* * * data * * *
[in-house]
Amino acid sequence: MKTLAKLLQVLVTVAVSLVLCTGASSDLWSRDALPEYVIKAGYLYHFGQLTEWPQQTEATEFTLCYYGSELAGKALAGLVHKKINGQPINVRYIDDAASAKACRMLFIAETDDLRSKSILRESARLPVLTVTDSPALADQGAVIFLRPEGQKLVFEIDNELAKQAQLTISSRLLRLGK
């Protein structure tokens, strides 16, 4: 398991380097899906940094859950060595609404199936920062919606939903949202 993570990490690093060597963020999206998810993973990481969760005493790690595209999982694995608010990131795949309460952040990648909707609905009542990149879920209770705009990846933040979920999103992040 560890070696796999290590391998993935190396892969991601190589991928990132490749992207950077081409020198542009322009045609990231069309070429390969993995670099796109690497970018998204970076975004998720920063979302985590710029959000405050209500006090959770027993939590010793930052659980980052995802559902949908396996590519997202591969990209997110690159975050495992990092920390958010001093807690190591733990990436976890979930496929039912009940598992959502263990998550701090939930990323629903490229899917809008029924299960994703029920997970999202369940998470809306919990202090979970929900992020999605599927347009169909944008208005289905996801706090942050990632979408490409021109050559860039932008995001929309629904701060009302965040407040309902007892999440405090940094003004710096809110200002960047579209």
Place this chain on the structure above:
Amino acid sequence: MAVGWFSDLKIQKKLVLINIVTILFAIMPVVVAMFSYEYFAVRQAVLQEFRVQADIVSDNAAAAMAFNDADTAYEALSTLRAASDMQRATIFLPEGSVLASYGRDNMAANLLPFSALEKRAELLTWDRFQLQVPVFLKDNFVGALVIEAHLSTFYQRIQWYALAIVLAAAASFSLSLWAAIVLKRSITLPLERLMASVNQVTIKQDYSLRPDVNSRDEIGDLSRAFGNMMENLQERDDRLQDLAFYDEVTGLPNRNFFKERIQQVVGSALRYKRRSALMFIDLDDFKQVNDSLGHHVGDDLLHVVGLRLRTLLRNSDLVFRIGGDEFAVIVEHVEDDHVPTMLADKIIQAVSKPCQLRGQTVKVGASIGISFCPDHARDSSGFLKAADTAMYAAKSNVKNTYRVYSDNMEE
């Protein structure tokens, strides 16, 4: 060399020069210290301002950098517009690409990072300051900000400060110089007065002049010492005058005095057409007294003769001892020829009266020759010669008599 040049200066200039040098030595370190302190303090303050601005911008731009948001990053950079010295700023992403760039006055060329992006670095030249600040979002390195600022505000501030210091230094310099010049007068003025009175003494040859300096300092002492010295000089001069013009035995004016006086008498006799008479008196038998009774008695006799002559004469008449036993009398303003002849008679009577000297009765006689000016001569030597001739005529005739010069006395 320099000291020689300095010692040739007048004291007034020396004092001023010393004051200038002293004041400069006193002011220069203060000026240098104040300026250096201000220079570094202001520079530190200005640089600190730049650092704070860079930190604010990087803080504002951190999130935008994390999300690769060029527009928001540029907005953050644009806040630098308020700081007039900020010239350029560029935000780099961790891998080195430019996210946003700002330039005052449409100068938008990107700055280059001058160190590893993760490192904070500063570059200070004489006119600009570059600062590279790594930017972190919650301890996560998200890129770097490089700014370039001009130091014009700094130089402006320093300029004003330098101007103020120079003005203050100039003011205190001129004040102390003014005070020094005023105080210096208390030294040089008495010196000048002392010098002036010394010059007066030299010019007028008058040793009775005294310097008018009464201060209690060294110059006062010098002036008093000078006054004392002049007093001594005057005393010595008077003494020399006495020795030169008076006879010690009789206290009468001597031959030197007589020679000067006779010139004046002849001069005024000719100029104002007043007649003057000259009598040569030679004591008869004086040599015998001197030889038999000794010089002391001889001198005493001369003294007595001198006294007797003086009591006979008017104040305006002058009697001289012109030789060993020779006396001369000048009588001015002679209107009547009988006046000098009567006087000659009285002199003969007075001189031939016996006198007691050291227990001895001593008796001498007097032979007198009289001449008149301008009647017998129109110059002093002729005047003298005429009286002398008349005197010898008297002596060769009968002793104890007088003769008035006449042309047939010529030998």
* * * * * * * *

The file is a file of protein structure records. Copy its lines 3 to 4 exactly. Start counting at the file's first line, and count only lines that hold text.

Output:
């Protein structure tokens, strides 16, 4: 398991380097899906940094859950060595609404199936920062919606939903949202 993570990490690093060597963020999206998810993973990481969760005493790690595209999982694995608010990131795949309460952040990648909707609905009542990149879920209770705009990846933040979920999103992040 560890070696796999290590391998993935190396892969991601190589991928990132490749992207950077081409020198542009322009045609990231069309070429390969993995670099796109690497970018998204970076975004998720920063979302985590710029959000405050209500006090959770027993939590010793930052659980980052995802559902949908396996590519997202591969990209997110690159975050495992990092920390958010001093807690190591733990990436976890979930496929039912009940598992959502263990998550701090939930990323629903490229899917809008029924299960994703029920997970999202369940998470809306919990202090979970929900992020999605599927347009169909944008208005289905996801706090942050990632979408490409021109050559860039932008995001929309629904701060009302965040407040309902007892999440405090940094003004710096809110200002960047579209």
Place this chain on the structure above: